Sago Mini Road Trip
This simple, rules-free exploration app lets kids set Jinga the cat on a trip and then guide him along the way. It’s basically an adorable little metaphor for your holiday weekend, only in this case the kid gets to drive (and you’re a cat).
Drawing Pad has been named iPad App Of The Week in 12 countries, so it’s as cosmopolitan as you’re grooming your kid to be. The app is the equivalent of a fully stocked finger-paint-and-magic-marker set, only without the risk of your kid going Jackson Pollock on the car’s leather interior.
Best Road Trip Apps for Kids Ages 5-7
This Is My Car — Mechanics For Kids
An app that takes kids into the inner workings of their family automobile, This Is My Car teaches them about different parts, how they’re all connected, and even car safety. Spend a bit of time on it before hitting the road and they just might learn to appreciate everything that goes into getting them to Wally World.$2.99 (iOS)
One part keyboard and one part sampling machine, Keezy lets your kid build songs using pre-loaded soundboards (from musicians like Reggie Watts and Tegan and Sara). Or they can record their own sounds and use those instead. The only bummer for your kid is that you might get addicted to it before they ever get a chance to play.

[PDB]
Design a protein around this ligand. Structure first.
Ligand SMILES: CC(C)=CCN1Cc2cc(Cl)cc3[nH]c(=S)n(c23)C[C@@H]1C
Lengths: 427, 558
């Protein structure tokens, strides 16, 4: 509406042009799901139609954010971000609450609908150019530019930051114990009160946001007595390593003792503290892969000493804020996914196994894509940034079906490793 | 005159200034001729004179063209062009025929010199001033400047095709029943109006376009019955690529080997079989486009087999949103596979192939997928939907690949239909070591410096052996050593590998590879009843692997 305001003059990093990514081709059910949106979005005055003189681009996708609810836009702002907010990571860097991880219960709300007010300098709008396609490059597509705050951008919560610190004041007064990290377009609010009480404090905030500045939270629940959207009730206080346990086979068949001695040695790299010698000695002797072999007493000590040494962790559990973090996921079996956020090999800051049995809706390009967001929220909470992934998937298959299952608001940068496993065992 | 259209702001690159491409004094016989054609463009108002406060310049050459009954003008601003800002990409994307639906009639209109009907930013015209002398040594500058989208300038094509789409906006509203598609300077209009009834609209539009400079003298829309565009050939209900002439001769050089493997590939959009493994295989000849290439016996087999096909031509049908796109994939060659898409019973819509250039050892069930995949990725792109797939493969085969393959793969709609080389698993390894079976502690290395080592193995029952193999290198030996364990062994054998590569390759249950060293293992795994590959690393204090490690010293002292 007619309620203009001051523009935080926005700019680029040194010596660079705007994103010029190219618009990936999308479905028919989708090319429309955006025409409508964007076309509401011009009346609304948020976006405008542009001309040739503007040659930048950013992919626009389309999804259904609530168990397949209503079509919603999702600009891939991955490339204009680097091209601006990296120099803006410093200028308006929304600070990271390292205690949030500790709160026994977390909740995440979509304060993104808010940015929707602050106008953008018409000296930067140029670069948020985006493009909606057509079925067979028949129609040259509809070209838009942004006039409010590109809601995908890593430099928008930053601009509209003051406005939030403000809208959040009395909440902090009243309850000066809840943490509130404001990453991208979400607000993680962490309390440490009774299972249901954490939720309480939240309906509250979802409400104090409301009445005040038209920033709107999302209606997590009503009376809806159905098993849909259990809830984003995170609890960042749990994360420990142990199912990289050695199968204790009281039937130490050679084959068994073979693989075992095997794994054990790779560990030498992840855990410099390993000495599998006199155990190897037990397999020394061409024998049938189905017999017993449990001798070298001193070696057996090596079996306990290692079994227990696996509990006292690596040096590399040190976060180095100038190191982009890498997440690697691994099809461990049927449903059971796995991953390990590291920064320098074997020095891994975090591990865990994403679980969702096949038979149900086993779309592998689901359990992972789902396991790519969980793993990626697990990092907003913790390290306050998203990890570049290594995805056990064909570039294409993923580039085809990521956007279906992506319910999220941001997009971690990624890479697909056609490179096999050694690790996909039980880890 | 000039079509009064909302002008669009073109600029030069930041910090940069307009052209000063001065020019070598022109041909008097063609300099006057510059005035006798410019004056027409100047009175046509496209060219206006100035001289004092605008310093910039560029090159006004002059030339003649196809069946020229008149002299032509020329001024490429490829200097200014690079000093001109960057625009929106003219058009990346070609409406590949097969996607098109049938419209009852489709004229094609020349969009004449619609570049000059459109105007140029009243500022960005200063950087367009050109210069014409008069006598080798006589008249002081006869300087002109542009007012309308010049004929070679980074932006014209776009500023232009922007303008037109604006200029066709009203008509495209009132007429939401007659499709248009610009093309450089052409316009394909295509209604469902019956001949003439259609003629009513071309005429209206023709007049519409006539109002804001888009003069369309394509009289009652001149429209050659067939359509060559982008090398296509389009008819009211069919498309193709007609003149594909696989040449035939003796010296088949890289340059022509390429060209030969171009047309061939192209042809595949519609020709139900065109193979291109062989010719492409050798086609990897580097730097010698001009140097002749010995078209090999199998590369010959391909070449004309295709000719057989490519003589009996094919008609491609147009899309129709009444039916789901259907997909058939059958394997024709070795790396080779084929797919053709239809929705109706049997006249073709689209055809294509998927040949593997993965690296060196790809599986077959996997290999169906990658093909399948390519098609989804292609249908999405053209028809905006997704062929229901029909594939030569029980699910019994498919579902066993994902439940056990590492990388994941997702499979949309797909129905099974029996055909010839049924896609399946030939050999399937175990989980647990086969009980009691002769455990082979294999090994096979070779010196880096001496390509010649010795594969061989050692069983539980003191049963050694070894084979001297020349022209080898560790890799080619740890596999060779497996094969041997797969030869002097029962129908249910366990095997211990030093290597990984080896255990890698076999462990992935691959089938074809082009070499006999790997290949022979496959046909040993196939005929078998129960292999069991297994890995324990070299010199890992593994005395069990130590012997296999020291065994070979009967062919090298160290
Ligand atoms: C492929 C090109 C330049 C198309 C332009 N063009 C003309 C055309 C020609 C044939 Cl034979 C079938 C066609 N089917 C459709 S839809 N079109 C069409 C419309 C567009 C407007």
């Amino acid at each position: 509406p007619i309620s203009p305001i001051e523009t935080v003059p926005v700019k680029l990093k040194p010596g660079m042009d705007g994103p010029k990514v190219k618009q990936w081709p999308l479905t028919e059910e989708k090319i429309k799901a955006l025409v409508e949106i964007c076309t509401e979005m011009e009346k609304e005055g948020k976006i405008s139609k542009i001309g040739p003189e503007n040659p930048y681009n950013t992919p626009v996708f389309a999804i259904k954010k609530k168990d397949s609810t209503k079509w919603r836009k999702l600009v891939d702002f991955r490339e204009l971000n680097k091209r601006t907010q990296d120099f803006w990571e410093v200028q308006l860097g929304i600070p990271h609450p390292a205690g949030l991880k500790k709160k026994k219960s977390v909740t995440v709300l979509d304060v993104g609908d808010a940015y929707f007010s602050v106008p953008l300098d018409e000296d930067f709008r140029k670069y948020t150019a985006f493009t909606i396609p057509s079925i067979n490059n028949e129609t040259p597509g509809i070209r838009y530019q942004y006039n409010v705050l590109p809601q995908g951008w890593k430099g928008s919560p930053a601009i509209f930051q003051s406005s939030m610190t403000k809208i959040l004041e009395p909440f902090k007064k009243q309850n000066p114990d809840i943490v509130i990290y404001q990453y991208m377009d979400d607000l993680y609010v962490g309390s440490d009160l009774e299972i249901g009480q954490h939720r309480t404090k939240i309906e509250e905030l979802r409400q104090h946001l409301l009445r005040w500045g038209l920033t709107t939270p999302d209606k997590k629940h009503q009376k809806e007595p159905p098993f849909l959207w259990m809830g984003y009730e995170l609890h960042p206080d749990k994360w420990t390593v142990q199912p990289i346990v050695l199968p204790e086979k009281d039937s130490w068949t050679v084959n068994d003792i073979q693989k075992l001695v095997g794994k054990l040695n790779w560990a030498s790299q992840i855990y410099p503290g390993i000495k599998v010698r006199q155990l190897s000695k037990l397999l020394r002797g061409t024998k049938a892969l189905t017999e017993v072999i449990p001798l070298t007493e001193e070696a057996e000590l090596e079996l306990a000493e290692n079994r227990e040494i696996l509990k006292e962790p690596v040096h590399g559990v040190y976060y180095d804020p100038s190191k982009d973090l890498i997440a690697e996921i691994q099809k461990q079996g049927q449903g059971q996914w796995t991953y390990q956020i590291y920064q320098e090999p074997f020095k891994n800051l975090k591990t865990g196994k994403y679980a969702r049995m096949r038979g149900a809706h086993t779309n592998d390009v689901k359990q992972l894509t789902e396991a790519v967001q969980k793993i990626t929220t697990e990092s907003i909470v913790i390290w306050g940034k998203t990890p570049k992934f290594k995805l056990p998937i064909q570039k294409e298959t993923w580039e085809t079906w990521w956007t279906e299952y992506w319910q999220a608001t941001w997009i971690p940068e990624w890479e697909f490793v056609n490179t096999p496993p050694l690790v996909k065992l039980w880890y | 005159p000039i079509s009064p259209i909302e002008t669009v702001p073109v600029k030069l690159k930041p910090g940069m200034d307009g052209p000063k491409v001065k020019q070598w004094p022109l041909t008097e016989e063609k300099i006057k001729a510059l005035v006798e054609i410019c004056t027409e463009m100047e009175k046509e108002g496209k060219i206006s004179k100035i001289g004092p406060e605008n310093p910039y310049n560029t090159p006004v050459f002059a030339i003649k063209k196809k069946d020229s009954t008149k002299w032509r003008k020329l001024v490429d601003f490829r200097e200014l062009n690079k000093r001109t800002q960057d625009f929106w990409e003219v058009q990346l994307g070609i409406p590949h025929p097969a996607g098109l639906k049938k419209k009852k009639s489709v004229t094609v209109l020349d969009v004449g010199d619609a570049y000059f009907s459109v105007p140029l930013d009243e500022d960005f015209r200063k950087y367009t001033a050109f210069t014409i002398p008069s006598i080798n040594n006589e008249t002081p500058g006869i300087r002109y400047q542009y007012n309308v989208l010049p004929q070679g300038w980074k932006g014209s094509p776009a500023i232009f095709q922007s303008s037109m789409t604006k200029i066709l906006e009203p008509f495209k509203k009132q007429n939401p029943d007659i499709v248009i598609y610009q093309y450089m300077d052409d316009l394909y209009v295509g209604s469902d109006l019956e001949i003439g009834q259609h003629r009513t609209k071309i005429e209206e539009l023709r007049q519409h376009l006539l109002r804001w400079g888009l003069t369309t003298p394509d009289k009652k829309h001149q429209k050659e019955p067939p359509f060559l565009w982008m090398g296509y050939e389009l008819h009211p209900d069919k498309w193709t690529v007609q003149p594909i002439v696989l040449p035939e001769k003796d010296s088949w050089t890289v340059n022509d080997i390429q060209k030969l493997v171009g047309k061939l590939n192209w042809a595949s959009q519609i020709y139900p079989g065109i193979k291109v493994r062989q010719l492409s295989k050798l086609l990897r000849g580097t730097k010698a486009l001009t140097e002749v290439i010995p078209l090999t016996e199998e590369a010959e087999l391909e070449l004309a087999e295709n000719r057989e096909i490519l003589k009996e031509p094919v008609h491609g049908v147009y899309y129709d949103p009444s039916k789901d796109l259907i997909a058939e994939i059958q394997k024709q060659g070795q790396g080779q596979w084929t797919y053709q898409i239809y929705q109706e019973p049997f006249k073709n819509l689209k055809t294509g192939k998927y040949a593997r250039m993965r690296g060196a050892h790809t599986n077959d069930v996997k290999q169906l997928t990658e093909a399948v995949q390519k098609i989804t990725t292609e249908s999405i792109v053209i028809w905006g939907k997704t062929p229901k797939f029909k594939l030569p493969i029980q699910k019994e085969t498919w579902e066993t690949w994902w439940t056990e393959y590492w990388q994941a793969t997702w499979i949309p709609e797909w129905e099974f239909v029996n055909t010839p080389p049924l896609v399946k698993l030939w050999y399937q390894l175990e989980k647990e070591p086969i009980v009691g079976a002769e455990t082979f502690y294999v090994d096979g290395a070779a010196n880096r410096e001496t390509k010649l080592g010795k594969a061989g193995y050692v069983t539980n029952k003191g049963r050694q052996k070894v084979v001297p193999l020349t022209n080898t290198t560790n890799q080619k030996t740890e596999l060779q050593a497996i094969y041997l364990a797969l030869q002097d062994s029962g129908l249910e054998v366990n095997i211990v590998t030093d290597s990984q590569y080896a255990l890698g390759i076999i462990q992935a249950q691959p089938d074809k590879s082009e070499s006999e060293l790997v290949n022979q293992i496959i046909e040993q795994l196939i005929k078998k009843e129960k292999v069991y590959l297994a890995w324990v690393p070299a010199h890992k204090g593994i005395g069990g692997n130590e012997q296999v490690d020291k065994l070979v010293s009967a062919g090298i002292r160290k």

World-building taken to the next level, Hoopa City is like a toddler version of The Sims. Kids are given tools two at a time; as their toolboxes grow they can combine those tools to create unexpected things (bricks + love = a school). The app never resets, so they can just keep building stuff and forgetting about it, like adorable little Donald Trumps.$2.99 (iOS) (Kindle)
The app title refers to the anthropomorphic balls that kids select to begin the game. Their character then rolls through levels, encountering obstacles that are overcome by creatively applying basic physics concepts (e.g. fall off something, bounce, and land on another thing). There’s no scoring, so kids don’t get competitive – just smart.$3.99 (iOS) $2.99 (Android) (Kindle)
Barefoot World Atlas
The disappearance of the beloved World Book Encyclopedias of your youth is less tragic when you remember that hauling one of those things into the car for your kid would have been a terrible idea. Barefoot World Atlas is no World Book, but it’s still loaded with lessons about animals, indigenous people, and other cool stuff from around the world, and it only weighs whatever 1.5 gigs weigh.
Best Road Trip Apps for Kids Ages 7+